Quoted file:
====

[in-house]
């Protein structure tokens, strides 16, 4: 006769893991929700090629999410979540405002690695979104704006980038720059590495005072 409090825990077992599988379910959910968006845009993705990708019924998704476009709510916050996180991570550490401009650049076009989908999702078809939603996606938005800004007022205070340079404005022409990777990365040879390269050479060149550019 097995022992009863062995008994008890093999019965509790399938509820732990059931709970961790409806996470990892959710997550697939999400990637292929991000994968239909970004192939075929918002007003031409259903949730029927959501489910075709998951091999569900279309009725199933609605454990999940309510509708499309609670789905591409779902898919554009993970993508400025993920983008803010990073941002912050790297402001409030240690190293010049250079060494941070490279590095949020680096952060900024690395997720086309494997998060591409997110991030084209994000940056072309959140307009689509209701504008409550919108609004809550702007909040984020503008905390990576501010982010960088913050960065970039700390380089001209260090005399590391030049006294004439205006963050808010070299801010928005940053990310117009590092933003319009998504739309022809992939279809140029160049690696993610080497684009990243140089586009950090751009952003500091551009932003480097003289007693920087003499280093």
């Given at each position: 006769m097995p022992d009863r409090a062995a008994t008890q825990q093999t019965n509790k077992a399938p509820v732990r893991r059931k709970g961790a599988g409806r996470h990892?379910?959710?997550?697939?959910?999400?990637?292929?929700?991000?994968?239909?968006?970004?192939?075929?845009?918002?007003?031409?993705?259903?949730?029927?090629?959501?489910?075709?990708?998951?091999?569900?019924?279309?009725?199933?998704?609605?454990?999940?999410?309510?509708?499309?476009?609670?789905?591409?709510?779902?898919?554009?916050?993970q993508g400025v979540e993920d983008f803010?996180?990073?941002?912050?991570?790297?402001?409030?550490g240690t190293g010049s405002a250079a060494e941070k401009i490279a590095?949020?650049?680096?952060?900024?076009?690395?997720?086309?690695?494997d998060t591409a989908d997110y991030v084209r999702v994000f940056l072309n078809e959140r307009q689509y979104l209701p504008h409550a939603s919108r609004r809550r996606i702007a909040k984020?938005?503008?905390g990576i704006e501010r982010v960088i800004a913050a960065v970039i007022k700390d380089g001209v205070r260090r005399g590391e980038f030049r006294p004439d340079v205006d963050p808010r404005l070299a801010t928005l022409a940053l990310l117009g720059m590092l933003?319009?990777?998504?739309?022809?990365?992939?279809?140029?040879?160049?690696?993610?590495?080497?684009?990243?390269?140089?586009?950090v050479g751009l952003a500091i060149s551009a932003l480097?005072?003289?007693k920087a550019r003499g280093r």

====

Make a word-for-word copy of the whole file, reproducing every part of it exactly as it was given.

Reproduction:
[in-house]
């Protein structure tokens, strides 16, 4: 006769893991929700090629999410979540405002690695979104704006980038720059590495005072 409090825990077992599988379910959910968006845009993705990708019924998704476009709510916050996180991570550490401009650049076009989908999702078809939603996606938005800004007022205070340079404005022409990777990365040879390269050479060149550019 097995022992009863062995008994008890093999019965509790399938509820732990059931709970961790409806996470990892959710997550697939999400990637292929991000994968239909970004192939075929918002007003031409259903949730029927959501489910075709998951091999569900279309009725199933609605454990999940309510509708499309609670789905591409779902898919554009993970993508400025993920983008803010990073941002912050790297402001409030240690190293010049250079060494941070490279590095949020680096952060900024690395997720086309494997998060591409997110991030084209994000940056072309959140307009689509209701504008409550919108609004809550702007909040984020503008905390990576501010982010960088913050960065970039700390380089001209260090005399590391030049006294004439205006963050808010070299801010928005940053990310117009590092933003319009998504739309022809992939279809140029160049690696993610080497684009990243140089586009950090751009952003500091551009932003480097003289007693920087003499280093």
């Given at each position: 006769m097995p022992d009863r409090a062995a008994t008890q825990q093999t019965n509790k077992a399938p509820v732990r893991r059931k709970g961790a599988g409806r996470h990892?379910?959710?997550?697939?959910?999400?990637?292929?929700?991000?994968?239909?968006?970004?192939?075929?845009?918002?007003?031409?993705?259903?949730?029927?090629?959501?489910?075709?990708?998951?091999?569900?019924?279309?009725?199933?998704?609605?454990?999940?999410?309510?509708?499309?476009?609670?789905?591409?709510?779902?898919?554009?916050?993970q993508g400025v979540e993920d983008f803010?996180?990073?941002?912050?991570?790297?402001?409030?550490g240690t190293g010049s405002a250079a060494e941070k401009i490279a590095?949020?650049?680096?952060?900024?076009?690395?997720?086309?690695?494997d998060t591409a989908d997110y991030v084209r999702v994000f940056l072309n078809e959140r307009q689509y979104l209701p504008h409550a939603s919108r609004r809550r996606i702007a909040k984020?938005?503008?905390g990576i704006e501010r982010v960088i800004a913050a960065v970039i007022k700390d380089g001209v205070r260090r005399g590391e980038f030049r006294p004439d340079v205006d963050p808010r404005l070299a801010t928005l022409a940053l990310l117009g720059m590092l933003?319009?990777?998504?739309?022809?990365?992939?279809?140029?040879?160049?690696?993610?590495?080497?684009?990243?390269?140089?586009?950090v050479g751009l952003a500091i060149s551009a932003l480097?005072?003289?007693k920087a550019r003499g280093r």